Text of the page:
By Donald Cohen,
In the Public Interest |
On July 4, 1966, President Lyndon Johnson signed the Freedom of Information Act (FOIA) into law, establishing the public's right to access to government information. Surprisingly, Republican Congressman Donald Rumsfeld helped deliver Republican votes to pass the groundbreaking law.
Since then, state governments followed suit and began passing open government laws across the country to ensure the public would have "sunshine" and access to information about the way public services and tax dollars are managed.
But the laws are out of date and need an overhaul. The explosion in the use of government contractors at every level of government -- from local trash services to security contractors in Iraq - has exposed weaknesses in sunshine and open record laws.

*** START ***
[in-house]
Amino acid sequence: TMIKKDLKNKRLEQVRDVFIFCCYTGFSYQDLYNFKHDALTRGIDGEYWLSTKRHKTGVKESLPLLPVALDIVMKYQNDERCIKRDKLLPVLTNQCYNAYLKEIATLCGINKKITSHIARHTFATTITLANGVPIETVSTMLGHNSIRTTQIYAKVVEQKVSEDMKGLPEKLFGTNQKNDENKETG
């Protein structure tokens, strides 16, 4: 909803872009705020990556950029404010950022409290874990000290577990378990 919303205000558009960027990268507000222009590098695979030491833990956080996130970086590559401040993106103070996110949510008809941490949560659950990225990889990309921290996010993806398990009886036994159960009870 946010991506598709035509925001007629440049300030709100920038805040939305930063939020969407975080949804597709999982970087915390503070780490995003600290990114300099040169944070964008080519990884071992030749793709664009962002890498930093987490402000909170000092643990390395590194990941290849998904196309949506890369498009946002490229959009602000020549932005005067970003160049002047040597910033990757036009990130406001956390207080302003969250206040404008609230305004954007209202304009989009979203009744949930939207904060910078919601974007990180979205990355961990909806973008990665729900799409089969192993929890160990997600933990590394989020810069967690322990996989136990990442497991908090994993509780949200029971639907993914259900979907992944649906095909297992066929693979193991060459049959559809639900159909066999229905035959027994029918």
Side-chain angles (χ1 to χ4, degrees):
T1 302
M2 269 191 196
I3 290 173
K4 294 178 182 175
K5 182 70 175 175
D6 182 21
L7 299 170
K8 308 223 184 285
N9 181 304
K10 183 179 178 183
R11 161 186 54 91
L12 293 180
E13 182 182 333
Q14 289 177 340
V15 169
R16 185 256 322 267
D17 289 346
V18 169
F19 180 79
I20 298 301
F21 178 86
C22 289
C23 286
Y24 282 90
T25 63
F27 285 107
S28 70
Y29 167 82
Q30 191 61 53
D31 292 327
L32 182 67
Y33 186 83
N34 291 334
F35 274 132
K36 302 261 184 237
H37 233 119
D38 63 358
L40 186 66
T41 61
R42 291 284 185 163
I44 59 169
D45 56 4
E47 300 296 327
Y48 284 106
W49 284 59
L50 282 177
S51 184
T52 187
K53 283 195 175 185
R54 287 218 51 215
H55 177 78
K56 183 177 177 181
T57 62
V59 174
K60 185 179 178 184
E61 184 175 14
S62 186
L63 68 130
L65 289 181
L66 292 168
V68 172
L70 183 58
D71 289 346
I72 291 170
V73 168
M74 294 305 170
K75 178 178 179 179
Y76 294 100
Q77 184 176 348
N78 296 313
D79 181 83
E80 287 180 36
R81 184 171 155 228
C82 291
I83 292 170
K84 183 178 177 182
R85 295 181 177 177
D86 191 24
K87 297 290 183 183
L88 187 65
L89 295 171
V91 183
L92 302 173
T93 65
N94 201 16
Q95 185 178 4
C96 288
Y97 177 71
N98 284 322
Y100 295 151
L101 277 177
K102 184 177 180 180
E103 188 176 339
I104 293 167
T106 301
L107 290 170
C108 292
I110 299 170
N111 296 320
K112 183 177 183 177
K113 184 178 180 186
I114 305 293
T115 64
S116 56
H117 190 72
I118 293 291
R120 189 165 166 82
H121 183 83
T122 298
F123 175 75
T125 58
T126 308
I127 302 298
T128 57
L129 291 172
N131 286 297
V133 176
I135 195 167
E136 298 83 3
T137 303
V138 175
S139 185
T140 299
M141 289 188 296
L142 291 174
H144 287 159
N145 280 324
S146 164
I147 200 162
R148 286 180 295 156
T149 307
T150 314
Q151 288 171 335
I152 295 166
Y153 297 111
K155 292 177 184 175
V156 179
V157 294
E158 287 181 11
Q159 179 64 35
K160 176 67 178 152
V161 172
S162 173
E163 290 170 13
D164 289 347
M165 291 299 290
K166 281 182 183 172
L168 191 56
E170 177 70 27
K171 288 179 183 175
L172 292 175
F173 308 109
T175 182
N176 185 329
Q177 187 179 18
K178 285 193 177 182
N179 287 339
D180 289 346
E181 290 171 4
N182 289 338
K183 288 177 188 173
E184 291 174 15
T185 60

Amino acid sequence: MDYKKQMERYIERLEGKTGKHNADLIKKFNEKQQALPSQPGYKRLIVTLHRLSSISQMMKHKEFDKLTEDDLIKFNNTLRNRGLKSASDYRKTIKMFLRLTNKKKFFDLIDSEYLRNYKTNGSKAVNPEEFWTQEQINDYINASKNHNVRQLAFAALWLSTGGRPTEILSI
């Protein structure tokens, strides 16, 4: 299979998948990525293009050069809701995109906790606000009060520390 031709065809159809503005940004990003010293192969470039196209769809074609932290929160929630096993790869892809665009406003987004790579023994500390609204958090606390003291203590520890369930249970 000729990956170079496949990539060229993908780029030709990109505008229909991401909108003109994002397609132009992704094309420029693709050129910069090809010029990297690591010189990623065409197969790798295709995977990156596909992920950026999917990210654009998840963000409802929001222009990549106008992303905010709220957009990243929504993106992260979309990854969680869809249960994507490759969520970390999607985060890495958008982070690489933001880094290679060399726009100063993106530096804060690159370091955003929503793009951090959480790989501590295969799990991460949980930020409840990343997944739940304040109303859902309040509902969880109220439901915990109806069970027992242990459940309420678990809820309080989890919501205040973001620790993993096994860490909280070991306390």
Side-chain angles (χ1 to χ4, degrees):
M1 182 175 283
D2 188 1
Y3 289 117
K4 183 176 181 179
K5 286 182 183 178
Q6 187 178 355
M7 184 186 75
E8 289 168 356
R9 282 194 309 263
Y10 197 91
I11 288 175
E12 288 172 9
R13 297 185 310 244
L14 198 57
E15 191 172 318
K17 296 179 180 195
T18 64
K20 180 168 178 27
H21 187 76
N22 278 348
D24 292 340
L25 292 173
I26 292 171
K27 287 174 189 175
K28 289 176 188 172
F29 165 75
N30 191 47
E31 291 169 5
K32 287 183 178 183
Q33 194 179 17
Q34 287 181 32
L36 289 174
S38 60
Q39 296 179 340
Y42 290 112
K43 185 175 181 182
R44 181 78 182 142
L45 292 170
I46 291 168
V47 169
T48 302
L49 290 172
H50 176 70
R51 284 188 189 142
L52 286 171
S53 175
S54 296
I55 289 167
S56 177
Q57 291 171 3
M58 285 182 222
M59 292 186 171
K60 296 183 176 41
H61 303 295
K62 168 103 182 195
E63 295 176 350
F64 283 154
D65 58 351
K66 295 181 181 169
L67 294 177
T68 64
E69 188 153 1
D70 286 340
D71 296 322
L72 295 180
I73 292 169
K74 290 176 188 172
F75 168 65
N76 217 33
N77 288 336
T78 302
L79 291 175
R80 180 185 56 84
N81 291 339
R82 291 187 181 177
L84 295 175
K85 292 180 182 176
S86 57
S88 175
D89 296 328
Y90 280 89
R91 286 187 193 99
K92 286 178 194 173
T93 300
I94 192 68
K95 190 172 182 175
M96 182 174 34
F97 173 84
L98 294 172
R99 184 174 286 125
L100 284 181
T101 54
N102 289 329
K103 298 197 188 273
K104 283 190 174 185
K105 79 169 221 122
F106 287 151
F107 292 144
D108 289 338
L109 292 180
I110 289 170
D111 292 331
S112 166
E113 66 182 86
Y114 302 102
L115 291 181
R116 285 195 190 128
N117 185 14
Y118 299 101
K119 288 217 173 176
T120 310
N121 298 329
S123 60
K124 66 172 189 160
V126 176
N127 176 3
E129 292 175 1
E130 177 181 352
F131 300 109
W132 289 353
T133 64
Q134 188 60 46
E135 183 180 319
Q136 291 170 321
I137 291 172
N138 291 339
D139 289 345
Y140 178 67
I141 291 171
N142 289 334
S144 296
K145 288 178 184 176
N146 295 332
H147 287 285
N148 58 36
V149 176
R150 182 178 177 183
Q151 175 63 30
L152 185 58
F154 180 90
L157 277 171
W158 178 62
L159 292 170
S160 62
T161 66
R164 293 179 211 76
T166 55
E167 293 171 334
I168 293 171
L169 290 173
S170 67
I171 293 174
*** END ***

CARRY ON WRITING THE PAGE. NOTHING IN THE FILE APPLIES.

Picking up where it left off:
In some cases, conservative governors are even trying to weaken existing transparency requirements to make it easier to privatize. Florida Governor Rick Scott's failed proposal to privatize prisons in eighteen counties included a provision to eliminate the requirement for a cost-benefit analysis before moving ahead with the deal. Coincidentally, Florida-based GEO Corporation, one of the largest private prison companies, is a major contributor to GOP campaigns in the state.
Under existing law private contractors in states throughout the country are evading oversight by exploiting loopholes in transparency protections. Most existing state laws don't pierce the corporate veil and now policy makers, journalists and advocates no longer have access to basic financial, performance and workforce information that is essential to government accountability.
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